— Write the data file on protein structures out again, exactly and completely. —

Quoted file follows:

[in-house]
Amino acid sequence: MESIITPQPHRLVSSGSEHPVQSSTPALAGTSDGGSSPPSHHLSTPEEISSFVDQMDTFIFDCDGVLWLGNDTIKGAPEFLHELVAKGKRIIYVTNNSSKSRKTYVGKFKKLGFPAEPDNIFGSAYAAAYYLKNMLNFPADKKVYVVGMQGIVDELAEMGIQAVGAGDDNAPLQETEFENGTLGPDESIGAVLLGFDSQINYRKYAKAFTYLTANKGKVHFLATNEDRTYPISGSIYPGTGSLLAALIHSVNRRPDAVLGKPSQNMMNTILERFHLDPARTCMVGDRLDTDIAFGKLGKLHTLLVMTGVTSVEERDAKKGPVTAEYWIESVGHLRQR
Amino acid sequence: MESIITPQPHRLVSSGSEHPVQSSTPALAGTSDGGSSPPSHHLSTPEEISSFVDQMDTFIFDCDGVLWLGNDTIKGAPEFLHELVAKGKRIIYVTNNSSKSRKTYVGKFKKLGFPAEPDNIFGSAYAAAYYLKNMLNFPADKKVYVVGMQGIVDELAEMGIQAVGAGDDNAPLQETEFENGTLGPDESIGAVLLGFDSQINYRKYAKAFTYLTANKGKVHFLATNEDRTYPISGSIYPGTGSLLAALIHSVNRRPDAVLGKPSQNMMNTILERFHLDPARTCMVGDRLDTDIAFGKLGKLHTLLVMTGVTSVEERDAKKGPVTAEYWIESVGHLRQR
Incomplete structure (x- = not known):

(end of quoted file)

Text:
[in-house]
Amino acid sequence: MESIITPQPHRLVSSGSEHPVQSSTPALAGTSDGGSSPPSHHLSTPEEISSFVDQMDTFIFDCDGVLWLGNDTIKGAPEFLHELVAKGKRIIYVTNNSSKSRKTYVGKFKKLGFPAEPDNIFGSAYAAAYYLKNMLNFPADKKVYVVGMQGIVDELAEMGIQAVGAGDDNAPLQETEFENGTLGPDESIGAVLLGFDSQINYRKYAKAFTYLTANKGKVHFLATNEDRTYPISGSIYPGTGSLLAALIHSVNRRPDAVLGKPSQNMMNTILERFHLDPARTCMVGDRLDTDIAFGKLGKLHTLLVMTGVTSVEERDAKKGPVTAEYWIESVGHLRQR
Amino acid sequence: MESIITPQPHRLVSSGSEHPVQSSTPALAGTSDGGSSPPSHHLSTPEEISSFVDQMDTFIFDCDGVLWLGNDTIKGAPEFLHELVAKGKRIIYVTNNSSKSRKTYVGKFKKLGFPAEPDNIFGSAYAAAYYLKNMLNFPADKKVYVVGMQGIVDELAEMGIQAVGAGDDNAPLQETEFENGTLGPDESIGAVLLGFDSQINYRKYAKAFTYLTANKGKVHFLATNEDRTYPISGSIYPGTGSLLAALIHSVNRRPDAVLGKPSQNMMNTILERFHLDPARTCMVGDRLDTDIAFGKLGKLHTLLVMTGVTSVEERDAKKGPVTAEYWIESVGHLRQR
Incomplete structure (x- = not known):